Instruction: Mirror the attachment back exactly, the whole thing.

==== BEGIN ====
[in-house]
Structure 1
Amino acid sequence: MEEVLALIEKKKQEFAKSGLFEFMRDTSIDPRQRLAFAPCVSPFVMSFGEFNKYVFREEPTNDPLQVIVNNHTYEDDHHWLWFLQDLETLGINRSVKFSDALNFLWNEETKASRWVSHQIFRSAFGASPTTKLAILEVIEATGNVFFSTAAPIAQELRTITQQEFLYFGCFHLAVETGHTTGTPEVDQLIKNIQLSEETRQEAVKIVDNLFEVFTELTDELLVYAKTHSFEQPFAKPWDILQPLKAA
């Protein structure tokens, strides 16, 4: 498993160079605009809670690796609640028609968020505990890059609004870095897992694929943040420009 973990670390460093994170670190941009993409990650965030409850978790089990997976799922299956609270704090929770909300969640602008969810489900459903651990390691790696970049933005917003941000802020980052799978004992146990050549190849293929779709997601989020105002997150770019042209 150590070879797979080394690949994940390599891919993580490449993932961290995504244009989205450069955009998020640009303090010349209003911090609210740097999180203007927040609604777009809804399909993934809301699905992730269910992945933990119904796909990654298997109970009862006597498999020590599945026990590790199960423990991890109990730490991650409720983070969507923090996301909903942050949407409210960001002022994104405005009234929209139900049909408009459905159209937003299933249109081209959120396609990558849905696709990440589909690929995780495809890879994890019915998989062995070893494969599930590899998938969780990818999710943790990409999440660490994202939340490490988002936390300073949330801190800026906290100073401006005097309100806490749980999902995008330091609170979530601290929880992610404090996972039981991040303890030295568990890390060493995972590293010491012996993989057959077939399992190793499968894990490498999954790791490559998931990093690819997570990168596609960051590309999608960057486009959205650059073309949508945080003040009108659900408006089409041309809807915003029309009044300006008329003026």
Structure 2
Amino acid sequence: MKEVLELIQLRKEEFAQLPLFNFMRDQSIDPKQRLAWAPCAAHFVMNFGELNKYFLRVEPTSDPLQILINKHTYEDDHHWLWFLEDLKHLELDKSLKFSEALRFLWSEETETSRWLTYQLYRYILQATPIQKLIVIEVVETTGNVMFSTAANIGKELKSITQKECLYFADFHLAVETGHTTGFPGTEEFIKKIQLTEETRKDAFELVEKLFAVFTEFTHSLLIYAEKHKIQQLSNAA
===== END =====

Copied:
[in-house]
Structure 1
Amino acid sequence: MEEVLALIEKKKQEFAKSGLFEFMRDTSIDPRQRLAFAPCVSPFVMSFGEFNKYVFREEPTNDPLQVIVNNHTYEDDHHWLWFLQDLETLGINRSVKFSDALNFLWNEETKASRWVSHQIFRSAFGASPTTKLAILEVIEATGNVFFSTAAPIAQELRTITQQEFLYFGCFHLAVETGHTTGTPEVDQLIKNIQLSEETRQEAVKIVDNLFEVFTELTDELLVYAKTHSFEQPFAKPWDILQPLKAA
């Protein structure tokens, strides 16, 4: 498993160079605009809670690796609640028609968020505990890059609004870095897992694929943040420009 973990670390460093994170670190941009993409990650965030409850978790089990997976799922299956609270704090929770909300969640602008969810489900459903651990390691790696970049933005917003941000802020980052799978004992146990050549190849293929779709997601989020105002997150770019042209 150590070879797979080394690949994940390599891919993580490449993932961290995504244009989205450069955009998020640009303090010349209003911090609210740097999180203007927040609604777009809804399909993934809301699905992730269910992945933990119904796909990654298997109970009862006597498999020590599945026990590790199960423990991890109990730490991650409720983070969507923090996301909903942050949407409210960001002022994104405005009234929209139900049909408009459905159209937003299933249109081209959120396609990558849905696709990440589909690929995780495809890879994890019915998989062995070893494969599930590899998938969780990818999710943790990409999440660490994202939340490490988002936390300073949330801190800026906290100073401006005097309100806490749980999902995008330091609170979530601290929880992610404090996972039981991040303890030295568990890390060493995972590293010491012996993989057959077939399992190793499968894990490498999954790791490559998931990093690819997570990168596609960051590309999608960057486009959205650059073309949508945080003040009108659900408006089409041309809807915003029309009044300006008329003026």
Structure 2
Amino acid sequence: MKEVLELIQLRKEEFAQLPLFNFMRDQSIDPKQRLAWAPCAAHFVMNFGELNKYFLRVEPTSDPLQILINKHTYEDDHHWLWFLEDLKHLELDKSLKFSEALRFLWSEETETSRWLTYQLYRYILQATPIQKLIVIEVVETTGNVMFSTAANIGKELKSITQKECLYFADFHLAVETGHTTGFPGTEEFIKKIQLTEETRKDAFELVEKLFAVFTEFTHSLLIYAEKHKIQQLSNAA